Turkish delight? The feasibility of the ‘Turkish model’ for Egypt

Turkish delight? The feasibility of the ‘Turkish model’ for Egypt

Many have opined on the relevance of the “Turkish model” of democratization for a changing Middle East and North Africa (MENA) region. Yet few have explored the feasibility of such a model from the perspective of the willingness of those in the region to embrace Ankara as a guide. The uprisings in some MENA countries offered a golden moment for Turkey’s strategy to re-engage the region on political, economic and democracy-promoting policies.

As the largest country in the Arab world and with its political and military leader ousted, Egypt is now the central stage and the perfect case-study for examining the feasibility of exporting the Turkish model to the region. If Turkey wishes to export its model regionally, it must do so through the gates of Cairo.

Gallup’s polling in Egypt demonstrated skepticism to external “models” since the overthrow of former President Hosni Mubarak. Eleven percent of Egyptians cited Turkey as a political model for Egypt’s future government. On the other hand, twice as many – 22 percent – Egyptians see Saudi Arabia as a model for Egypt’s political transition. More than half of Egyptians said “none” or refused to answer the question altogether. A wholesale import of any system is not an appetizing proposition to most Egyptians eager to craft an Egyptian model. 

In fact, ultra-nationalist sentiment in Egypt has increased since Mubarak’s overthrow and is demonstrated in the current rhetoric of Cairo regarding foreign-funded NGOs. In fact, a high level of distrust is eminent in Egyptian public opinion. The data indicated that Egyptians are concerned with the influence of a powerful global actor overwhelming their sovereignty and independence. While respected as a regional leader and important economic trade partner today, Egyptians still view Turkey from a historic lens: nearly four centuries under colonial Ottoman rule (1517-1914). 

Much of the anti-colonial ultra-nationalist rhetoric is also directed against an effort by Turkey to give Egyptians “lessons” in democracy. Turkey, in the minds of most Egyptians, falls into the category of the United States rather than the small Arab Gulf. In this light, a “Turkish model” promotion strategy could be branded as a post-Ottoman/Turkish resurgence.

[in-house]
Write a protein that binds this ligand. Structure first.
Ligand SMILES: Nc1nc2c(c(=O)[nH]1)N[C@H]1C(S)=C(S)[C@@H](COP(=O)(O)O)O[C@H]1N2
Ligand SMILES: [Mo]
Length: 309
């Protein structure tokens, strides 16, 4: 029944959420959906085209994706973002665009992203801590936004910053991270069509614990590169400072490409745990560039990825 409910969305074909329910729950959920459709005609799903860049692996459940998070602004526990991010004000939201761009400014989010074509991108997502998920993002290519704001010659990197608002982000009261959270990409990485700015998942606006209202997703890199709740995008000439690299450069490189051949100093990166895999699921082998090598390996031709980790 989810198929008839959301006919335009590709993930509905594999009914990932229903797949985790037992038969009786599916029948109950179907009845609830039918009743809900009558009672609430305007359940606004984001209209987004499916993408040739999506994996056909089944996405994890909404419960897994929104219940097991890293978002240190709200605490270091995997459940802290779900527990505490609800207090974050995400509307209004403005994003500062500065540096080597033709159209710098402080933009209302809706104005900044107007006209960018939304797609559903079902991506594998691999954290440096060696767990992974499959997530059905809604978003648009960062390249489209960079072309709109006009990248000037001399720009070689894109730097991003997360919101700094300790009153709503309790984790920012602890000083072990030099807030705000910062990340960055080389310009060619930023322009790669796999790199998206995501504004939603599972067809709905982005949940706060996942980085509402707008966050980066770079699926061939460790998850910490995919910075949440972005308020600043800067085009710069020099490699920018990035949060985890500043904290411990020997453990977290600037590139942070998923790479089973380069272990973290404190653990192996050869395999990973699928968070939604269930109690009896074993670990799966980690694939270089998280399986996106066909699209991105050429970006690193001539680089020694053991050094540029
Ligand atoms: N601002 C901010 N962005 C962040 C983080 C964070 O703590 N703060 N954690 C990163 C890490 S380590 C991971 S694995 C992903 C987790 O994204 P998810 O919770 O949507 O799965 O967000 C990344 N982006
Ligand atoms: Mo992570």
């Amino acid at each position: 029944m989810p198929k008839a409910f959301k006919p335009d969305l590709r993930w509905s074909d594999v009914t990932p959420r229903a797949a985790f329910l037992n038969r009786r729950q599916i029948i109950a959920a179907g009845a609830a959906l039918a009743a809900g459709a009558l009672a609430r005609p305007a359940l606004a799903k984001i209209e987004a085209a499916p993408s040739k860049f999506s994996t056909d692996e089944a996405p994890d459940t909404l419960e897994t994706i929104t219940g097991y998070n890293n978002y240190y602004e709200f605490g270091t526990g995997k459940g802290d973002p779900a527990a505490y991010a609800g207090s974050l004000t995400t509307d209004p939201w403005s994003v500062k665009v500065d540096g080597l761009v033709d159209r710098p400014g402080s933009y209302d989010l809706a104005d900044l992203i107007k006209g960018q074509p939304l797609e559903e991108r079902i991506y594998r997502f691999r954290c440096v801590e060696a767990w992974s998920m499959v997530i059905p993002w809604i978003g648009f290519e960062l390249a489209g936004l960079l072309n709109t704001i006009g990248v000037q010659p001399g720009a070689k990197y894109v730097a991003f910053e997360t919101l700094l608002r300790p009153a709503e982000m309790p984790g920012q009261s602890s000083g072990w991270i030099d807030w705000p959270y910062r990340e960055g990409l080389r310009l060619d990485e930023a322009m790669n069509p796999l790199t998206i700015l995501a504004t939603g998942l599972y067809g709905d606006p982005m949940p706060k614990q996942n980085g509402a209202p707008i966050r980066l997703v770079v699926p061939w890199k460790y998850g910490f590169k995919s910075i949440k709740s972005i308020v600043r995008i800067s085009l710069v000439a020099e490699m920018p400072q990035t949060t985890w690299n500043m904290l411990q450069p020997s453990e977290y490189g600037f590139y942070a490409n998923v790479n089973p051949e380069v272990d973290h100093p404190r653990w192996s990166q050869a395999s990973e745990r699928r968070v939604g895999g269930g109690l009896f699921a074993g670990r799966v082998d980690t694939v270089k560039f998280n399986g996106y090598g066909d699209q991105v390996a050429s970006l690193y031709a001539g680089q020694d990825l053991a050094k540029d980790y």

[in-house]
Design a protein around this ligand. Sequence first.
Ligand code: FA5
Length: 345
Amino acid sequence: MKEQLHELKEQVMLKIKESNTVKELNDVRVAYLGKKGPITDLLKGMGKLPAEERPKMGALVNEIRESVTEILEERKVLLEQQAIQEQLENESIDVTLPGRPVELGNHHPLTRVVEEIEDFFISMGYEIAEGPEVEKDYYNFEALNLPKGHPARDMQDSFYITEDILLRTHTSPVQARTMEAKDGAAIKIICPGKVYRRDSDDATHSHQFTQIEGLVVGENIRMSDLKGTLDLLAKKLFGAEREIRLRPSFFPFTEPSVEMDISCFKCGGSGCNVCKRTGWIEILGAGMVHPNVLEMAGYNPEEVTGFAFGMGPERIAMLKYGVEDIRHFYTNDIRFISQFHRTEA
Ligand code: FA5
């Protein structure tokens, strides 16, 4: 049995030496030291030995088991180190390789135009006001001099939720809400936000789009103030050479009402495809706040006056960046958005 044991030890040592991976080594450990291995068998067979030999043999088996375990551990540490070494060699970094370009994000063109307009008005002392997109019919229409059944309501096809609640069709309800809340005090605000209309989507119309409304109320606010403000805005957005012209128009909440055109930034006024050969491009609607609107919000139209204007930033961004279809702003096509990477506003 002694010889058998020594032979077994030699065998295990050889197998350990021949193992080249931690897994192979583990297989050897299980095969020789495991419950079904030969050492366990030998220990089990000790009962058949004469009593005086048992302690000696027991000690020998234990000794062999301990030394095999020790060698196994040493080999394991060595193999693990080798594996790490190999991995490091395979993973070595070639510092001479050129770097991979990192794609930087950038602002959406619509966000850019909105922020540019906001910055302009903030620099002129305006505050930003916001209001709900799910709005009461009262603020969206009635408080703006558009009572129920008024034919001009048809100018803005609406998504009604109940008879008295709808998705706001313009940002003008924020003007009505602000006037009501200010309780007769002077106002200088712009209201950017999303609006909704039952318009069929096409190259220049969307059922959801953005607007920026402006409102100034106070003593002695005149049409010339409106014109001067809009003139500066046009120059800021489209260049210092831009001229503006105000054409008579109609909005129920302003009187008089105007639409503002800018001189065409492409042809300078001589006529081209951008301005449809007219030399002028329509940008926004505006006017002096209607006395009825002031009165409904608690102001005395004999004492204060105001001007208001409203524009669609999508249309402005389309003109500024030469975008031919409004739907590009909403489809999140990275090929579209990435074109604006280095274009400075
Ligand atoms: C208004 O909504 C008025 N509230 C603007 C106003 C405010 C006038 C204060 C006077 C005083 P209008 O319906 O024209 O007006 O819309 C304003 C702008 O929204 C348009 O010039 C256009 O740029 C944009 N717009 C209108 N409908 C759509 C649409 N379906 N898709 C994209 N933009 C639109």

In addition to democratization from military rule, the other side of the coin in the Turkish model is the phenomenon of Islamist political victory. As Islamists in some Arab Spring countries have had noticeable success in election to parliaments and national councils, arguments for the relevance of the Justice and Development Party (AKP) experience have increased. The AKP is considered a more “enlightened” and pluralistic party that could potentially dissuade Islamists from taking hard-line ideological positions. In fact, the fears of Islamists’ rise to power became reality as Islamist parties now hold nearly seven out of every 10 seats in the newly elected Egyptian Parliament. 

The AKP’s popularity only fully bloomed after many recognized that their fiscal and economic policies were enabling the country to seriously improve its standard of living and job opportunities. In this sense, the rise of Islamists in Turkey is chronologically inverse to their trajectory in Egypt. For the Egyptian Muslim Brotherhood and Salafi movements, responsibility was thrust upon them as the only viable option to Mubarak remnants or “secular liberals” who failed to organize politically or were cast as too closely affiliated with “the West.” Thus, success on turning the country’s economic crisis around and restoring confidence in major government institutions are the major tests for Egypt’s Islamists. 
Should they fail, support for these movements may be seriously jeopardized. Unlike their Turkish counterparts, the ability to lead and “deliver” is not yet evident with Egypt’s Islamists.

Thus, an over-emphasis on exporting the enlightened Islamist component of the Turkish model may not be as relevant in Egypt’s upcoming election cycles as it was in the previous – a reason for caution in “marrying” the lessons to be learned from Turkey’s successes with the “Islamist” brand stamp. 
Openly touting the “Turkish model” approach on the whole would become an unintended barrier to Egypt’s ability to benefit from the remarkable accomplishments of their neighbor to the north. Needless to say, a more democratic and economically successful Egypt is not only good for the region but, more specifically, crucial for the ultimate success or failure of what has been termed the “Arab Spring.”

Mohamed S. Younis is a Washington-based senior analyst and senior practice consultant at the Gallup Organization. The original version of this abbreviated article was published in the Winter 2012 issue of Turkish Policy Quarterly (TPQ).